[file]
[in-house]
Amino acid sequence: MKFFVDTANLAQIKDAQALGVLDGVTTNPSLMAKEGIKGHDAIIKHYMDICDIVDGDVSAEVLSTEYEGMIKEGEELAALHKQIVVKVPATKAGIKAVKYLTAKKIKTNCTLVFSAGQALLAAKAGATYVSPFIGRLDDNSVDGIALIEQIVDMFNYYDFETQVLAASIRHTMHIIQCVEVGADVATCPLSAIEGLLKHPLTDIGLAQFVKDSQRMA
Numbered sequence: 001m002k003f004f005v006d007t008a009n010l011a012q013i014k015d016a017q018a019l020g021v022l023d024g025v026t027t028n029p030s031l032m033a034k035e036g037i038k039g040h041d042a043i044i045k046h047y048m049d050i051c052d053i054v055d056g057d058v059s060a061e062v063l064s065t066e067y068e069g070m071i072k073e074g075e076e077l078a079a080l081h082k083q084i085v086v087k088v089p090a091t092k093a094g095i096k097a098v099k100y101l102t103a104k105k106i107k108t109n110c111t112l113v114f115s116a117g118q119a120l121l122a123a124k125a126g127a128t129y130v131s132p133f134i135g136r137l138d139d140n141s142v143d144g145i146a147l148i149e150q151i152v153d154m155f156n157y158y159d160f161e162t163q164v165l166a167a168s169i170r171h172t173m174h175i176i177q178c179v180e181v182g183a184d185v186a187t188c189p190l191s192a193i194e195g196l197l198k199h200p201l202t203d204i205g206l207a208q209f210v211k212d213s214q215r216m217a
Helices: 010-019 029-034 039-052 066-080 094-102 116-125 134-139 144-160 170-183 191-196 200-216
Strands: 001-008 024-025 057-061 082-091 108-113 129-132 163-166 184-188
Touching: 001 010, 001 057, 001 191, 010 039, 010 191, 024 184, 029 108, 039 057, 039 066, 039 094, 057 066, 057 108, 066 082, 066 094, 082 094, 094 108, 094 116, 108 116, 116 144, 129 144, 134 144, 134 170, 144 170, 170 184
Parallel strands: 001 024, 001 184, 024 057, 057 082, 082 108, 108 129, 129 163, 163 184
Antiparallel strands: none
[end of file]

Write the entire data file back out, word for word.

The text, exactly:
[in-house]
Amino acid sequence: MKFFVDTANLAQIKDAQALGVLDGVTTNPSLMAKEGIKGHDAIIKHYMDICDIVDGDVSAEVLSTEYEGMIKEGEELAALHKQIVVKVPATKAGIKAVKYLTAKKIKTNCTLVFSAGQALLAAKAGATYVSPFIGRLDDNSVDGIALIEQIVDMFNYYDFETQVLAASIRHTMHIIQCVEVGADVATCPLSAIEGLLKHPLTDIGLAQFVKDSQRMA
Numbered sequence: 001m002k003f004f005v006d007t008a009n010l011a012q013i014k015d016a017q018a019l020g021v022l023d024g025v026t027t028n029p030s031l032m033a034k035e036g037i038k039g040h041d042a043i044i045k046h047y048m049d050i051c052d053i054v055d056g057d058v059s060a061e062v063l064s065t066e067y068e069g070m071i072k073e074g075e076e077l078a079a080l081h082k083q084i085v086v087k088v089p090a091t092k093a094g095i096k097a098v099k100y101l102t103a104k105k106i107k108t109n110c111t112l113v114f115s116a117g118q119a120l121l122a123a124k125a126g127a128t129y130v131s132p133f134i135g136r137l138d139d140n141s142v143d144g145i146a147l148i149e150q151i152v153d154m155f156n157y158y159d160f161e162t163q164v165l166a167a168s169i170r171h172t173m174h175i176i177q178c179v180e181v182g183a184d185v186a187t188c189p190l191s192a193i194e195g196l197l198k199h200p201l202t203d204i205g206l207a208q209f210v211k212d213s214q215r216m217a
Helices: 010-019 029-034 039-052 066-080 094-102 116-125 134-139 144-160 170-183 191-196 200-216
Strands: 001-008 024-025 057-061 082-091 108-113 129-132 163-166 184-188
Touching: 001 010, 001 057, 001 191, 010 039, 010 191, 024 184, 029 108, 039 057, 039 066, 039 094, 057 066, 057 108, 066 082, 066 094, 082 094, 094 108, 094 116, 108 116, 116 144, 129 144, 134 144, 134 170, 144 170, 170 184
Parallel strands: 001 024, 001 184, 024 057, 057 082, 082 108, 108 129, 129 163, 163 184
Antiparallel strands: none